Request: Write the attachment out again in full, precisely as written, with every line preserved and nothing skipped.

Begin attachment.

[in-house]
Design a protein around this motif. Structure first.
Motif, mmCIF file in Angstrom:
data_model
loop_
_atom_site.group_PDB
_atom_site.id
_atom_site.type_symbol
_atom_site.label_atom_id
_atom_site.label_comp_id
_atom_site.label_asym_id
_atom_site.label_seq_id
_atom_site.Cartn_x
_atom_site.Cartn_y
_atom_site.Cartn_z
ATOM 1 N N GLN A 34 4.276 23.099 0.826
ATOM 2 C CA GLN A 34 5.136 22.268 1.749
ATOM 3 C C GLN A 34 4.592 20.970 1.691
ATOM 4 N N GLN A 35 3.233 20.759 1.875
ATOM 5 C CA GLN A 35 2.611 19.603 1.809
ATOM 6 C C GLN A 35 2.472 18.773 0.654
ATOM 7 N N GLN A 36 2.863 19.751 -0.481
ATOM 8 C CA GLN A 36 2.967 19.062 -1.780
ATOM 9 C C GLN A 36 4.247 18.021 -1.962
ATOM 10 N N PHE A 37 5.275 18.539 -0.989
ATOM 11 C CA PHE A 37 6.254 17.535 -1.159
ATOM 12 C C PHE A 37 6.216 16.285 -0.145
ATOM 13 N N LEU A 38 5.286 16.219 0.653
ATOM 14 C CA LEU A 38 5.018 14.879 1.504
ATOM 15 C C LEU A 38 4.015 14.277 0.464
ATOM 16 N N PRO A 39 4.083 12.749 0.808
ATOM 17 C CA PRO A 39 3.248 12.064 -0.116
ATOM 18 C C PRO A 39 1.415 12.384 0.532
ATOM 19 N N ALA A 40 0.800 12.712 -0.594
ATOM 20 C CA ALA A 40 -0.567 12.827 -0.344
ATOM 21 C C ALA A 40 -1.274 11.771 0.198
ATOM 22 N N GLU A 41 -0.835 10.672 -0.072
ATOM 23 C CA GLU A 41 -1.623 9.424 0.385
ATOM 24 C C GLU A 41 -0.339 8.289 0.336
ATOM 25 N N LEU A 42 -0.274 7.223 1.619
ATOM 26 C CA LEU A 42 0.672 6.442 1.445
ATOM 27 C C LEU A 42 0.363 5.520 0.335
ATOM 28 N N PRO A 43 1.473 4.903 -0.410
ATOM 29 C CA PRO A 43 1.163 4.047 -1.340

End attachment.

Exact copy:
[in-house]
Design a protein around this motif. Structure first.
Motif, mmCIF file in Angstrom:
data_model
loop_
_atom_site.group_PDB
_atom_site.id
_atom_site.type_symbol
_atom_site.label_atom_id
_atom_site.label_comp_id
_atom_site.label_asym_id
_atom_site.label_seq_id
_atom_site.Cartn_x
_atom_site.Cartn_y
_atom_site.Cartn_z
ATOM 1 N N GLN A 34 4.276 23.099 0.826
ATOM 2 C CA GLN A 34 5.136 22.268 1.749
ATOM 3 C C GLN A 34 4.592 20.970 1.691
ATOM 4 N N GLN A 35 3.233 20.759 1.875
ATOM 5 C CA GLN A 35 2.611 19.603 1.809
ATOM 6 C C GLN A 35 2.472 18.773 0.654
ATOM 7 N N GLN A 36 2.863 19.751 -0.481
ATOM 8 C CA GLN A 36 2.967 19.062 -1.780
ATOM 9 C C GLN A 36 4.247 18.021 -1.962
ATOM 10 N N PHE A 37 5.275 18.539 -0.989
ATOM 11 C CA PHE A 37 6.254 17.535 -1.159
ATOM 12 C C PHE A 37 6.216 16.285 -0.145
ATOM 13 N N LEU A 38 5.286 16.219 0.653
ATOM 14 C CA LEU A 38 5.018 14.879 1.504
ATOM 15 C C LEU A 38 4.015 14.277 0.464
ATOM 16 N N PRO A 39 4.083 12.749 0.808
ATOM 17 C CA PRO A 39 3.248 12.064 -0.116
ATOM 18 C C PRO A 39 1.415 12.384 0.532
ATOM 19 N N ALA A 40 0.800 12.712 -0.594
ATOM 20 C CA ALA A 40 -0.567 12.827 -0.344
ATOM 21 C C ALA A 40 -1.274 11.771 0.198
ATOM 22 N N GLU A 41 -0.835 10.672 -0.072
ATOM 23 C CA GLU A 41 -1.623 9.424 0.385
ATOM 24 C C GLU A 41 -0.339 8.289 0.336
ATOM 25 N N LEU A 42 -0.274 7.223 1.619
ATOM 26 C CA LEU A 42 0.672 6.442 1.445
ATOM 27 C C LEU A 42 0.363 5.520 0.335
ATOM 28 N N PRO A 43 1.473 4.903 -0.410
ATOM 29 C CA PRO A 43 1.163 4.047 -1.340